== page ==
Canal trip, and rant

Waiting for the lock to fill
Waiting for the lock to fill

Two weeks have passed since we left the marina, everything is back to normal and our travelling is becoming very enjoyable.

I have seen a Water Rail bird, a stoat, Mr Hs watched a badger through his binoculars.  We have left the Trent & Mersey Canal onto the privately owned Bridgewater canal which is wide and relatively well kept.  I have taken photos along the way of graffiti, interesting buildings and nice canal areas.

We have met some interesting people, and I have had some great lads help me on the locks.  Two were smoking their joints wrapped in licorice papers, but were friendly and helpful.  A group of boys eagerly helped asking a myriad of questions about the boat, how the locks work.  We saw a group of idiotic children behind up stripping off and jumping into the locks to swim, if only they knew the dangers they were putting themselves in…

We have been down the Anderton Boat Lift to the River Weaver,  and spent two days in beautiful soundings.  We came back up the Anderton Boat Lift and carried on the Trent & Mersey.  Mr Hs decided to that we would continue up towards Liverpool & Leeds and head up North.  He didn’t wait for me whilst I was in the bathroom to go through a lock and nearly caught the boat on the cill, bending the rudder.  I guess he wanted to prove to himself he could still do locks single handed.

Yesterday we climbed through 27 locks, the first two, then the 25 locks of the Wigan flight.  These were double locks for two boats at a time, with big and heavy gates.  I had struggled with about five before we were joined by another boat with plenty of bodies on board to help at the locks.  These were locals and had it planned to a guy went ahead and set the locks up ready, and two others worked bringing the boats through.  What would have taken us about eight hours, took two.  Phew! thank goodness they came along.  Back on the Liverpool & Leeds canal we saw how little maintenance the Canal and River Trust has been carried out.  The locks were in bad state with rubbish caught in the paddles making them leak and unable to work properly.  The anti vandal locks were not always working which meant that one pound had drained of all water and we had to refill it before we could progress any further, that meant sitting in the lock for an hour because the pound had enough water to get to the next lock.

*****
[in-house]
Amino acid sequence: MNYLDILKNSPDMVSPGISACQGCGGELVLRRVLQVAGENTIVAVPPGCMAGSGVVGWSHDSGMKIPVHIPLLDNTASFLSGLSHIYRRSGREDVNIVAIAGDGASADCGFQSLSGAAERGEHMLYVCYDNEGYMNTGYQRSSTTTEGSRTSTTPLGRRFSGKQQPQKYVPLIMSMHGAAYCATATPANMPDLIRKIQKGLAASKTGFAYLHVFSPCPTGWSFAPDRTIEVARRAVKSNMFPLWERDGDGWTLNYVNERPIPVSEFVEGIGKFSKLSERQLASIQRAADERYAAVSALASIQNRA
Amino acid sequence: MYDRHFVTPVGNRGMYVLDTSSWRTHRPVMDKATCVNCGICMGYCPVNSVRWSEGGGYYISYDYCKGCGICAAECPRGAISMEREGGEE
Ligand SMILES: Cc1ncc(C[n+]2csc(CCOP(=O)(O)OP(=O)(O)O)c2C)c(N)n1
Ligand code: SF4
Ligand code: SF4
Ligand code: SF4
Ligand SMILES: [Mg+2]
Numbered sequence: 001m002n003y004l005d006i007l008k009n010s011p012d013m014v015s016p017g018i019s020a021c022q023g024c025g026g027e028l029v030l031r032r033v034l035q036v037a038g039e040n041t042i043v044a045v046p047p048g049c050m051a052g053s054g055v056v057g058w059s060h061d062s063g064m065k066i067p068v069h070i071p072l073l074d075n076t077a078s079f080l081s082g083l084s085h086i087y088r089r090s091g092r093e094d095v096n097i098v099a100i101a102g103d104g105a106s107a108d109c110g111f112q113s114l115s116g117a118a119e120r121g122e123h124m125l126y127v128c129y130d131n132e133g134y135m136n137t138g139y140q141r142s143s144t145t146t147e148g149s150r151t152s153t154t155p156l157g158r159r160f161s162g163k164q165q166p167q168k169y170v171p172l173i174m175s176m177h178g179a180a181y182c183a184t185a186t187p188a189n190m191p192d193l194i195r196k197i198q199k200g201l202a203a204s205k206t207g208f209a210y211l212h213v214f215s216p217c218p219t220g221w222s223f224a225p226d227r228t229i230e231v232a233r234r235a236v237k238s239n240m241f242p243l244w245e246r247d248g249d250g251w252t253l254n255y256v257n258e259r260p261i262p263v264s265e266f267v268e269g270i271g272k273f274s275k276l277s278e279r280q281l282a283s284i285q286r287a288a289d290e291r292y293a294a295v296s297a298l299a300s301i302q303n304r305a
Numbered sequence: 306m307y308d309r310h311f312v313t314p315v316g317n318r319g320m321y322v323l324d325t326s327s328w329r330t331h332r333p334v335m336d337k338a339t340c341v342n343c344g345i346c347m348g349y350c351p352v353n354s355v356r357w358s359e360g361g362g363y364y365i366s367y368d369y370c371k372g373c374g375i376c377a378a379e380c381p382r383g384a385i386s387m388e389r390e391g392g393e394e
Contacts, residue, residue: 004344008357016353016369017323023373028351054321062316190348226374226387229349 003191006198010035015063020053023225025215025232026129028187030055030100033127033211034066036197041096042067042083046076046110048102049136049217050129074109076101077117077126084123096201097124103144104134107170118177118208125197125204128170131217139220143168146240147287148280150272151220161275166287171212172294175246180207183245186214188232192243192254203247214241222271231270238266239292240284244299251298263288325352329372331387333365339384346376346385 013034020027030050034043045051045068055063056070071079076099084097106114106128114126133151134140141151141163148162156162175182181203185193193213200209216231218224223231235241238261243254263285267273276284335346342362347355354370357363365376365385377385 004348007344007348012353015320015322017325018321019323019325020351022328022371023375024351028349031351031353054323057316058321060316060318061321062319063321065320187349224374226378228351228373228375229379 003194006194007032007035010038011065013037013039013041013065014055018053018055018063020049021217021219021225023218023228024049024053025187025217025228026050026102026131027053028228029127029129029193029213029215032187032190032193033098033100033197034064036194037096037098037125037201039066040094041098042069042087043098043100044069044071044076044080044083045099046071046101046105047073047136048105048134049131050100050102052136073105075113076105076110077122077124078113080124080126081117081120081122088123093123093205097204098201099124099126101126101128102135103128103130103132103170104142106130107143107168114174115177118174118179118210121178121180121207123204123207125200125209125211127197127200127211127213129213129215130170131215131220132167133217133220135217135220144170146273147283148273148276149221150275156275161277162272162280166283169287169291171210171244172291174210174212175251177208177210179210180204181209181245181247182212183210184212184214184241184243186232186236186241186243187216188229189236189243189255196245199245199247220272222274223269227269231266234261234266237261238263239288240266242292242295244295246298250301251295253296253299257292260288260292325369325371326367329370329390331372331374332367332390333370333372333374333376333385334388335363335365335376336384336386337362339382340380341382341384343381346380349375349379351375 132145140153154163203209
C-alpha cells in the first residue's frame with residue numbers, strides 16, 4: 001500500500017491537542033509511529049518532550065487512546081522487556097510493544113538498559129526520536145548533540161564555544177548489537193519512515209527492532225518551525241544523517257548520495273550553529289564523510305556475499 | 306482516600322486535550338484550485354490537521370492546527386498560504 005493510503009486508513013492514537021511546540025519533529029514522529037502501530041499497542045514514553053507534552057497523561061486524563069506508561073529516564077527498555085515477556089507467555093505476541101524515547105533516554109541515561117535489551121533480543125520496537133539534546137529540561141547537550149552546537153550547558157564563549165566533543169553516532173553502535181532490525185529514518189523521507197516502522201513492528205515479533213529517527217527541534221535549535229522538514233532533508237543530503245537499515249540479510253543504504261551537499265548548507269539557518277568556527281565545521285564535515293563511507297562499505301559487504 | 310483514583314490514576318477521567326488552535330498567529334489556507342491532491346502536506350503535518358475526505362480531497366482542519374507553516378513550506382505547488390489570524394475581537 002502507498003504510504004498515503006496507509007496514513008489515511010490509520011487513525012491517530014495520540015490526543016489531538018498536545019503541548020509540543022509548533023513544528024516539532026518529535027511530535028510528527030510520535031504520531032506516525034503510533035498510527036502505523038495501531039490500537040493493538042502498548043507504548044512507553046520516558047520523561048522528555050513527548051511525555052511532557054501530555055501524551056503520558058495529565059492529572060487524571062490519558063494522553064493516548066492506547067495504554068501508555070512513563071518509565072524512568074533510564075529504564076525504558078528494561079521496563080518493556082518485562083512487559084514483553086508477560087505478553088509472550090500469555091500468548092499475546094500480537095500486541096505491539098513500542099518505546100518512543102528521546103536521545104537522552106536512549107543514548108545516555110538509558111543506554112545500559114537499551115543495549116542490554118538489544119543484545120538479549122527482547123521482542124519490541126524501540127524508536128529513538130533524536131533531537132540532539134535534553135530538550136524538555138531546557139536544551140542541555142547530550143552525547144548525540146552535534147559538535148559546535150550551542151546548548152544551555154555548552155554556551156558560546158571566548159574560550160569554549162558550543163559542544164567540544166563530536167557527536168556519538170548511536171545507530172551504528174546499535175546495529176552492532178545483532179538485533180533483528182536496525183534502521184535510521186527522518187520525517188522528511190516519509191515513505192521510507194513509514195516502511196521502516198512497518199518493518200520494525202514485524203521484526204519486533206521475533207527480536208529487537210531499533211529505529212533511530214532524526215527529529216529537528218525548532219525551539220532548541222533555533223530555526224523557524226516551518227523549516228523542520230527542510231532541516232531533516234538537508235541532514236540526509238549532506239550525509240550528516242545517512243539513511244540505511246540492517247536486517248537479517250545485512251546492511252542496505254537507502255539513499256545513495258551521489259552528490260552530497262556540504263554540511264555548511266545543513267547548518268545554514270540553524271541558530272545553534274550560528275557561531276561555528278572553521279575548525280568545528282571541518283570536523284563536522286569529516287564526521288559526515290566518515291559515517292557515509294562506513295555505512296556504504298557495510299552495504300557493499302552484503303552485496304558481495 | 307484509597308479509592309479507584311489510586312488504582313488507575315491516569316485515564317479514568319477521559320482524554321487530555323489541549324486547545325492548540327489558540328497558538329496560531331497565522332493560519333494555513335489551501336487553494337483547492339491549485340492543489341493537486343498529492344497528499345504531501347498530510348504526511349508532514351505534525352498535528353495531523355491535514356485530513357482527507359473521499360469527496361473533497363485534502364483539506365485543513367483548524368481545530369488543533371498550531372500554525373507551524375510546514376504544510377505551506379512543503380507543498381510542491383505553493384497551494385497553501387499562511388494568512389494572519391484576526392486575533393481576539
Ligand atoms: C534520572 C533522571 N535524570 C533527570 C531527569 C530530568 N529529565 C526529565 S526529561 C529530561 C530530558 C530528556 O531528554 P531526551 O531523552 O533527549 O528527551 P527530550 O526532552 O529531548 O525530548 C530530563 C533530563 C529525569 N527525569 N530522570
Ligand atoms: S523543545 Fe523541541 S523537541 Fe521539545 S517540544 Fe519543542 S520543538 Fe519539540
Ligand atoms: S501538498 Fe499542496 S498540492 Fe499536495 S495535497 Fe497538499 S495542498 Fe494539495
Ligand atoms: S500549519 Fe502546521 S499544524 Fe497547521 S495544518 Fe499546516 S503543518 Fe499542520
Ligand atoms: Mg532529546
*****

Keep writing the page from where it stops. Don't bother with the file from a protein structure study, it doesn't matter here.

The water had dropped about two feet down the flight, which makes it dangerous for boats getting caught on cills, leaving the locks and sinking which happened a few days ago.

There is no apparent work being carried out by CaRT to keep one of Britain’s heritage in working order for the benefit of all.

Once upon a time British Waterways employed Lengthmen who lived in lock-keeper cottages and looked after a length of the cut (canal).   The cottages were sold off, and there is no one to care for, monitor, and be the eyes and ears of BW’s.  The breach of the canal at Dutton could have been avoided had there been a lengthman who would have seen problems.   At flights of locks one or two lengthmen could help, and monitor what was happening.  Volunteer lock helpers are encouraged by CaRT to get boats through locks quickly and safetly, but they only appear to want to work on nice rural locks that boaters themselves would prefer to do.   I understand that recently CaRT decided they could make some money by charging companies who offer their staff as volunteers during team building days.  Now, I know that sometimes I have problems in understanding some things but that seems ridiculous.  Needless to say a charge would negate volunteering and also stop it.

Anyway, we are now moored up opposite a golf course, and resting our weary and painful joints and muscles after yesterdays workout!

Author: Gill

I photograph things that take my eye.

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